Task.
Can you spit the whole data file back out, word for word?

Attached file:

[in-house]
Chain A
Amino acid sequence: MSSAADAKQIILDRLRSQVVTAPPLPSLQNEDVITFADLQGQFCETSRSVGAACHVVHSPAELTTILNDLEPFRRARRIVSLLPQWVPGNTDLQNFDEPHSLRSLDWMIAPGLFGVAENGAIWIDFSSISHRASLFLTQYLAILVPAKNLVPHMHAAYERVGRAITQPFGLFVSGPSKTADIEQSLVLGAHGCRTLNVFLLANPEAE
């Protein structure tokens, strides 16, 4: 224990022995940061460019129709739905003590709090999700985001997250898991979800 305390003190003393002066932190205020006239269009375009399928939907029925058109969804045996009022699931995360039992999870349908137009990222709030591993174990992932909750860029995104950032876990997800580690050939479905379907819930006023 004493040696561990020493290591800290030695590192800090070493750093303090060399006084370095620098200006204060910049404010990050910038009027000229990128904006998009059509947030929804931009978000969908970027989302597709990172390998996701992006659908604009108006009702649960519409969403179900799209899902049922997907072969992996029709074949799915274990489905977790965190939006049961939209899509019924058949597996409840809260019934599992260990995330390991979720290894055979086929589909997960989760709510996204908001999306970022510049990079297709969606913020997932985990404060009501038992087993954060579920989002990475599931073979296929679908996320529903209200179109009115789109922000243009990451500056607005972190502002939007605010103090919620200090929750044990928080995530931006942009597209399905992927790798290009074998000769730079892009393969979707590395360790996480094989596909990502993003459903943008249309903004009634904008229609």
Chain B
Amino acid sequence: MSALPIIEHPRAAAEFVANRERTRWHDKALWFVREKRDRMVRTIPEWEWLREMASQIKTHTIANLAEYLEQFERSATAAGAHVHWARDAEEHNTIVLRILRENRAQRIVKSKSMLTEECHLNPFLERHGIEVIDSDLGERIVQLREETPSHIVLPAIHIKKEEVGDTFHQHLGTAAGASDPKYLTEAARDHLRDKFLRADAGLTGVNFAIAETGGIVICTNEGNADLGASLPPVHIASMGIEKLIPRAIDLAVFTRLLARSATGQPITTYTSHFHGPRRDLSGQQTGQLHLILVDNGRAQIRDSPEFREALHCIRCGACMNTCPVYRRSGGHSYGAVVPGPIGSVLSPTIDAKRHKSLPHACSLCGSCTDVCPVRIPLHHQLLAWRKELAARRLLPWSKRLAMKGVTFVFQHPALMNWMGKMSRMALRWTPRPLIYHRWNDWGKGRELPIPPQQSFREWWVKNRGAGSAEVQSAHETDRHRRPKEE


[in-house]
Chain A
Amino acid sequence: MSSAADAKQIILDRLRSQVVTAPPLPSLQNEDVITFADLQGQFCETSRSVGAACHVVHSPAELTTILNDLEPFRRARRIVSLLPQWVPGNTDLQNFDEPHSLRSLDWMIAPGLFGVAENGAIWIDFSSISHRASLFLTQYLAILVPAKNLVPHMHAAYERVGRAITQPFGLFVSGPSKTADIEQSLVLGAHGCRTLNVFLLANPEAE
């Protein structure tokens, strides 16, 4: 224990022995940061460019129709739905003590709090999700985001997250898991979800 305390003190003393002066932190205020006239269009375009399928939907029925058109969804045996009022699931995360039992999870349908137009990222709030591993174990992932909750860029995104950032876990997800580690050939479905379907819930006023 004493040696561990020493290591800290030695590192800090070493750093303090060399006084370095620098200006204060910049404010990050910038009027000229990128904006998009059509947030929804931009978000969908970027989302597709990172390998996701992006659908604009108006009702649960519409969403179900799209899902049922997907072969992996029709074949799915274990489905977790965190939006049961939209899509019924058949597996409840809260019934599992260990995330390991979720290894055979086929589909997960989760709510996204908001999306970022510049990079297709969606913020997932985990404060009501038992087993954060579920989002990475599931073979296929679908996320529903209200179109009115789109922000243009990451500056607005972190502002939007605010103090919620200090929750044990928080995530931006942009597209399905992927790798290009074998000769730079892009393969979707590395360790996480094989596909990502993003459903943008249309903004009634904008229609």
Chain B
Amino acid sequence: MSALPIIEHPRAAAEFVANRERTRWHDKALWFVREKRDRMVRTIPEWEWLREMASQIKTHTIANLAEYLEQFERSATAAGAHVHWARDAEEHNTIVLRILRENRAQRIVKSKSMLTEECHLNPFLERHGIEVIDSDLGERIVQLREETPSHIVLPAIHIKKEEVGDTFHQHLGTAAGASDPKYLTEAARDHLRDKFLRADAGLTGVNFAIAETGGIVICTNEGNADLGASLPPVHIASMGIEKLIPRAIDLAVFTRLLARSATGQPITTYTSHFHGPRRDLSGQQTGQLHLILVDNGRAQIRDSPEFREALHCIRCGACMNTCPVYRRSGGHSYGAVVPGPIGSVLSPTIDAKRHKSLPHACSLCGSCTDVCPVRIPLHHQLLAWRKELAARRLLPWSKRLAMKGVTFVFQHPALMNWMGKMSRMALRWTPRPLIYHRWNDWGKGRELPIPPQQSFREWWVKNRGAGSAEVQSAHETDRHRRPKEE